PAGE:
Episode 19 shows Chisaki breaking down. Previously, she had avoided Hikari, while holding on to her feelings for him. Those feelings were childish, and yes, they held her back. She was an emotionally-stunted child in the body of a 19 year-old woman. Following her “drunken” night with Tsumugu, she makes up her mind to visit Shioshishio, a step in the right direction.

      At the end of the episode, Hikari grabs her hand and she remembers being a child, possibly to the first moment that she had any semblance of feelings towards Hikari. Her childhood memories are superimposed over her current appearance, and she thinks to herself, “I still do like Hikari, after all.” My interpretation comes from her willingness to begin moving forward (visiting Shioshishio) and the look of acceptance on her face while thinking of Hikari in that last scene. Previously, I think she had been both too emotionally-stunted and caught up in past events to think about why she still loved Hikari, or why she loved him in the first place. The end of episode 19 allows her to still love him for those parts of his personality that attract her, while also moving forward. Instead of being mired in the missteps of their previous relationship, and her awkward confession, Chisaki is able to accept her love for Hikari as the person she is now, for the person he is now.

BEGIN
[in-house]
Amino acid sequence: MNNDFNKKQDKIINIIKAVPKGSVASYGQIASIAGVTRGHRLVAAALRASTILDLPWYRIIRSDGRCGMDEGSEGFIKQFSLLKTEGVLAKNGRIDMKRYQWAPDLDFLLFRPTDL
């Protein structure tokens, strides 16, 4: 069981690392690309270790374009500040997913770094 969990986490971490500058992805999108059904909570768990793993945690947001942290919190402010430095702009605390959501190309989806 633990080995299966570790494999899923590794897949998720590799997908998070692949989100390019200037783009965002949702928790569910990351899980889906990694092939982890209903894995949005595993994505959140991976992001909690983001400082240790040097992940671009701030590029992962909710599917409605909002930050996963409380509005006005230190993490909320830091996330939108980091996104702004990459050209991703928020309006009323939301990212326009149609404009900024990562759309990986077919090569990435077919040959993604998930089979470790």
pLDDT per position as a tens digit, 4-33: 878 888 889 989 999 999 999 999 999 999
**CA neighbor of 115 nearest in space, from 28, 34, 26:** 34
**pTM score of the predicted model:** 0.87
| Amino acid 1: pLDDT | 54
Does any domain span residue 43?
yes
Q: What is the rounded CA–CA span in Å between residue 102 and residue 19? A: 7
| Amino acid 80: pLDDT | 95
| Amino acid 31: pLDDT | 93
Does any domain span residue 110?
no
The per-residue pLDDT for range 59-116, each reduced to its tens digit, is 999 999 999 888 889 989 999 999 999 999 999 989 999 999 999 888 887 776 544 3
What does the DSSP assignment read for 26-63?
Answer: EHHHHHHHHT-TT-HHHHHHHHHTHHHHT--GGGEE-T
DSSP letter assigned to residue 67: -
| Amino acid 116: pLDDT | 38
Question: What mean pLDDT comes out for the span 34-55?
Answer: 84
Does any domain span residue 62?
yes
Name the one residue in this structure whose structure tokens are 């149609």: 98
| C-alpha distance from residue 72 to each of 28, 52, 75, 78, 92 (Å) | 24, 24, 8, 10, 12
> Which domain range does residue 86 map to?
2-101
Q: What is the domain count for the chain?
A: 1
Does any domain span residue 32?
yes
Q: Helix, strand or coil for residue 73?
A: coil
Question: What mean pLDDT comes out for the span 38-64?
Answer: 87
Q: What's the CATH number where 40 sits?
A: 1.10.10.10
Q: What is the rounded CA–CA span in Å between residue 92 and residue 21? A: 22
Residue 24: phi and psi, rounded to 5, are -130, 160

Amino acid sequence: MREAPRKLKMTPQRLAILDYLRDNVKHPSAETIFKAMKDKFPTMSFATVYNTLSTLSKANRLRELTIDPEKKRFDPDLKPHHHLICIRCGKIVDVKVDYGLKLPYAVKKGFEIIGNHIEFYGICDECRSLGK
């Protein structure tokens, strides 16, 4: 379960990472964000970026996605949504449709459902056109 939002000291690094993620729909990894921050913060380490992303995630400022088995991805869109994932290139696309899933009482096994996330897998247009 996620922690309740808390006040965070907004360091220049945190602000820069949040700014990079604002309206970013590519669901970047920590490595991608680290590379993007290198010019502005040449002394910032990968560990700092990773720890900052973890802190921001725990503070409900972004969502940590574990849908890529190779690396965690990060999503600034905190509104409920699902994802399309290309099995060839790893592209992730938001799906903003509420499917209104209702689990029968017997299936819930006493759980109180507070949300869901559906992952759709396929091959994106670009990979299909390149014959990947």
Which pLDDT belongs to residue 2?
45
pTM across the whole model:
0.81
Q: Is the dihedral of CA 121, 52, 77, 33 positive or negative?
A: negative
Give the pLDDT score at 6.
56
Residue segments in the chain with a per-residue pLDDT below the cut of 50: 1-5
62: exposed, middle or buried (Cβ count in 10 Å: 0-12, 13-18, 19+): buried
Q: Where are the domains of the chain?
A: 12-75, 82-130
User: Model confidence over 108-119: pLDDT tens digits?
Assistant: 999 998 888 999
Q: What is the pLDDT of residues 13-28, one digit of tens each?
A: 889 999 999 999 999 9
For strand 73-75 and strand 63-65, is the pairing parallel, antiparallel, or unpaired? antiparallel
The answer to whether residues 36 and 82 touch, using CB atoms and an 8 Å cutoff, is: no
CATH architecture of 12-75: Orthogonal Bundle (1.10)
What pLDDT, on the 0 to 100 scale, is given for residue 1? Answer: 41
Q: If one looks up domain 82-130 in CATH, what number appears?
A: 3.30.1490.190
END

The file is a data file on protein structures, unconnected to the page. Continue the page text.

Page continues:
Episode 20, although this is hardly a spoiler, feel free not to read if you haven’t seen it, has Akari mentioning how much Chisaki has visited recently. Prior to her realization at the end of episode 19, Chisaki had still avoided Hikari, unwilling to confront her own feelings. The fact that she is now visiting him regularly speaks a lot to how she has begun to move forward.

      This is simply my interpretation; however. Thanks for the comment. ^ ^

      1. I’m with Crisp on this. I think the simple fact that she still has feelings for Hikari shows she’s still unable to move on. I think she only really begins to move on in episode 21, after Manaka wakes up, because the contrast between her and Manaka highlights how much Chisaki has changed in a way she can’t deny anymore. Indeed, the beginning of her acceptance is symbolized in the scene in the hospital, when she tells Tsumugu that she might like the jelly coffee, one of Tsumugu’s favorites snacks, better than the cream-puffs Hikari and the other kids enjoy so much.